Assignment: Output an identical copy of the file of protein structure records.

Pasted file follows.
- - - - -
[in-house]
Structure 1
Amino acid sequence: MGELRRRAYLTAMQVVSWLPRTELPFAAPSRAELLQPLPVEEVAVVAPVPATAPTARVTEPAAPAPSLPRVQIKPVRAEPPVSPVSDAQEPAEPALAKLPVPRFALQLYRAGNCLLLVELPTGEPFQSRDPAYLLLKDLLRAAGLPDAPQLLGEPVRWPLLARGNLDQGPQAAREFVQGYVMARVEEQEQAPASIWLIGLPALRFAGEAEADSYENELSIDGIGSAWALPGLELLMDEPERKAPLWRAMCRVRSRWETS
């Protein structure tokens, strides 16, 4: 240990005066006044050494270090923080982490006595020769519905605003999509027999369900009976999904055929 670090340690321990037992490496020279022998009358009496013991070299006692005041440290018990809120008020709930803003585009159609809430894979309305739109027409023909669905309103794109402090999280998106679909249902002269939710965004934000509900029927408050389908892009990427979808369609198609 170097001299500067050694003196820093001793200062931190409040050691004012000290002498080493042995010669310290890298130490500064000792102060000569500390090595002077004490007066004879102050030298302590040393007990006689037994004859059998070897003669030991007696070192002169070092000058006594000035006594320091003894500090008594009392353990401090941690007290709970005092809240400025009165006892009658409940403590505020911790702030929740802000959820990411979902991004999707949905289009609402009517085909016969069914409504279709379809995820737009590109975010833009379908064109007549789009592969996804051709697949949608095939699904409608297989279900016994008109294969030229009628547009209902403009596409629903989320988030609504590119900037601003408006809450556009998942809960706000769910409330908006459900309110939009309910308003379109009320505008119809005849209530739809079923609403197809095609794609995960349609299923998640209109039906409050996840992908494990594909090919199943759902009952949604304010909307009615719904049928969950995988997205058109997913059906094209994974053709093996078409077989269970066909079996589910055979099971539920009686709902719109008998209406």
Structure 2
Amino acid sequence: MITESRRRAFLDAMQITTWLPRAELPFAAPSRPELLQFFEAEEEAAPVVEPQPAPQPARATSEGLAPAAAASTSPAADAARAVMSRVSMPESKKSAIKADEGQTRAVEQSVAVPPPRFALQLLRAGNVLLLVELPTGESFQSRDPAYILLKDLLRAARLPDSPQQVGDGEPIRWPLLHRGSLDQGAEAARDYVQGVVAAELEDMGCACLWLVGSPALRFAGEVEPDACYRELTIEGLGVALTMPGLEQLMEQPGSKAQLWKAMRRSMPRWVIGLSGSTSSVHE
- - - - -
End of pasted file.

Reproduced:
[in-house]
Structure 1
Amino acid sequence: MGELRRRAYLTAMQVVSWLPRTELPFAAPSRAELLQPLPVEEVAVVAPVPATAPTARVTEPAAPAPSLPRVQIKPVRAEPPVSPVSDAQEPAEPALAKLPVPRFALQLYRAGNCLLLVELPTGEPFQSRDPAYLLLKDLLRAAGLPDAPQLLGEPVRWPLLARGNLDQGPQAAREFVQGYVMARVEEQEQAPASIWLIGLPALRFAGEAEADSYENELSIDGIGSAWALPGLELLMDEPERKAPLWRAMCRVRSRWETS
């Protein structure tokens, strides 16, 4: 240990005066006044050494270090923080982490006595020769519905605003999509027999369900009976999904055929 670090340690321990037992490496020279022998009358009496013991070299006692005041440290018990809120008020709930803003585009159609809430894979309305739109027409023909669905309103794109402090999280998106679909249902002269939710965004934000509900029927408050389908892009990427979808369609198609 170097001299500067050694003196820093001793200062931190409040050691004012000290002498080493042995010669310290890298130490500064000792102060000569500390090595002077004490007066004879102050030298302590040393007990006689037994004859059998070897003669030991007696070192002169070092000058006594000035006594320091003894500090008594009392353990401090941690007290709970005092809240400025009165006892009658409940403590505020911790702030929740802000959820990411979902991004999707949905289009609402009517085909016969069914409504279709379809995820737009590109975010833009379908064109007549789009592969996804051709697949949608095939699904409608297989279900016994008109294969030229009628547009209902403009596409629903989320988030609504590119900037601003408006809450556009998942809960706000769910409330908006459900309110939009309910308003379109009320505008119809005849209530739809079923609403197809095609794609995960349609299923998640209109039906409050996840992908494990594909090919199943759902009952949604304010909307009615719904049928969950995988997205058109997913059906094209994974053709093996078409077989269970066909079996589910055979099971539920009686709902719109008998209406």
Structure 2
Amino acid sequence: MITESRRRAFLDAMQITTWLPRAELPFAAPSRPELLQFFEAEEEAAPVVEPQPAPQPARATSEGLAPAAAASTSPAADAARAVMSRVSMPESKKSAIKADEGQTRAVEQSVAVPPPRFALQLLRAGNVLLLVELPTGESFQSRDPAYILLKDLLRAARLPDSPQQVGDGEPIRWPLLHRGSLDQGAEAARDYVQGVVAAELEDMGCACLWLVGSPALRFAGEVEPDACYRELTIEGLGVALTMPGLEQLMEQPGSKAQLWKAMRRSMPRWVIGLSGSTSSVHE